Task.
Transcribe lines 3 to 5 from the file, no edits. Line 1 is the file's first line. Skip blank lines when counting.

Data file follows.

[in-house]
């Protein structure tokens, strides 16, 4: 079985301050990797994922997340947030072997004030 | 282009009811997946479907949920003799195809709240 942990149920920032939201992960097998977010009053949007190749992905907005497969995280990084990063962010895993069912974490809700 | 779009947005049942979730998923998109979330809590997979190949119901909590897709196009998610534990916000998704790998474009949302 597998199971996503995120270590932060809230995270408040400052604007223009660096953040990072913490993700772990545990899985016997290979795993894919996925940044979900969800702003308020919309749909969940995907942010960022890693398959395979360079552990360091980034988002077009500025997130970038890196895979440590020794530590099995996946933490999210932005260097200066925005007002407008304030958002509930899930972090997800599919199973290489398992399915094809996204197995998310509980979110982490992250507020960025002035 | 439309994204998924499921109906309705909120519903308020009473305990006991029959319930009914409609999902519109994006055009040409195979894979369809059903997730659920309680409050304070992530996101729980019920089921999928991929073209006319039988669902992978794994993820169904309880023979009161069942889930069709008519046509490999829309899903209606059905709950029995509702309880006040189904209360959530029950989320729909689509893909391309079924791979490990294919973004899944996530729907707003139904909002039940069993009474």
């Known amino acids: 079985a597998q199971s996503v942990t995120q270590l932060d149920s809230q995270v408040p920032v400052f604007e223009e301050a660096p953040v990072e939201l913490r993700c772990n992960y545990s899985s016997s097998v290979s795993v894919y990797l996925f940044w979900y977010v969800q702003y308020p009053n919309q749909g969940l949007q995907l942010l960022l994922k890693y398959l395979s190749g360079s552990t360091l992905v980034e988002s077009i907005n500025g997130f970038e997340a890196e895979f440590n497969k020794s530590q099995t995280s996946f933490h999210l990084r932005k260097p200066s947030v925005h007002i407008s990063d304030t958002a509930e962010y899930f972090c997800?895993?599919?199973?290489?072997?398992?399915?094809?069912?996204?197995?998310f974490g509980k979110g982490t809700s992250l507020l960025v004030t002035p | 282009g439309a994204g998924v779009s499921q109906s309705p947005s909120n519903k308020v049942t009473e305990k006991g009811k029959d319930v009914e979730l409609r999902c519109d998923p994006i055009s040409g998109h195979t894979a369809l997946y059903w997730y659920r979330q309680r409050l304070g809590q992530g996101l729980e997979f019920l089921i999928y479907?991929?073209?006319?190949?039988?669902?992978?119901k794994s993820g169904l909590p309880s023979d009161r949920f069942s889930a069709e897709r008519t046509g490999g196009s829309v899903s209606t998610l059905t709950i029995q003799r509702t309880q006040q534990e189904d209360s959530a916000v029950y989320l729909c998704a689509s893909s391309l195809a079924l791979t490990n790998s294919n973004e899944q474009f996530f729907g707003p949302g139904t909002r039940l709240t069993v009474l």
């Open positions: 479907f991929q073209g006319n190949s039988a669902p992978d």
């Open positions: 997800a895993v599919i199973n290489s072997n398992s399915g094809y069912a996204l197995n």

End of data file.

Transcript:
């Known amino acids: 079985a597998q199971s996503v942990t995120q270590l932060d149920s809230q995270v408040p920032v400052f604007e223009e301050a660096p953040v990072e939201l913490r993700c772990n992960y545990s899985s016997s097998v290979s795993v894919y990797l996925f940044w979900y977010v969800q702003y308020p009053n919309q749909g969940l949007q995907l942010l960022l994922k890693y398959l395979s190749g360079s552990t360091l992905v980034e988002s077009i907005n500025g997130f970038e997340a890196e895979f440590n497969k020794s530590q099995t995280s996946f933490h999210l990084r932005k260097p200066s947030v925005h007002i407008s990063d304030t958002a509930e962010y899930f972090c997800?895993?599919?199973?290489?072997?398992?399915?094809?069912?996204?197995?998310f974490g509980k979110g982490t809700s992250l507020l960025v004030t002035p | 282009g439309a994204g998924v779009s499921q109906s309705p947005s909120n519903k308020v049942t009473e305990k006991g009811k029959d319930v009914e979730l409609r999902c519109d998923p994006i055009s040409g998109h195979t894979a369809l997946y059903w997730y659920r979330q309680r409050l304070g809590q992530g996101l729980e997979f019920l089921i999928y479907?991929?073209?006319?190949?039988?669902?992978?119901k794994s993820g169904l909590p309880s023979d009161r949920f069942s889930a069709e897709r008519t046509g490999g196009s829309v899903s209606t998610l059905t709950i029995q003799r509702t309880q006040q534990e189904d209360s959530a916000v029950y989320l729909c998704a689509s893909s391309l195809a079924l791979t490990n790998s294919n973004e899944q474009f996530f729907g707003p949302g139904t909002r039940l709240t069993v009474l």
């Open positions: 479907f991929q073209g006319n190949s039988a669902p992978d």
């Open positions: 997800a895993v599919i199973n290489s072997n398992s399915g094809y069912a996204l197995n």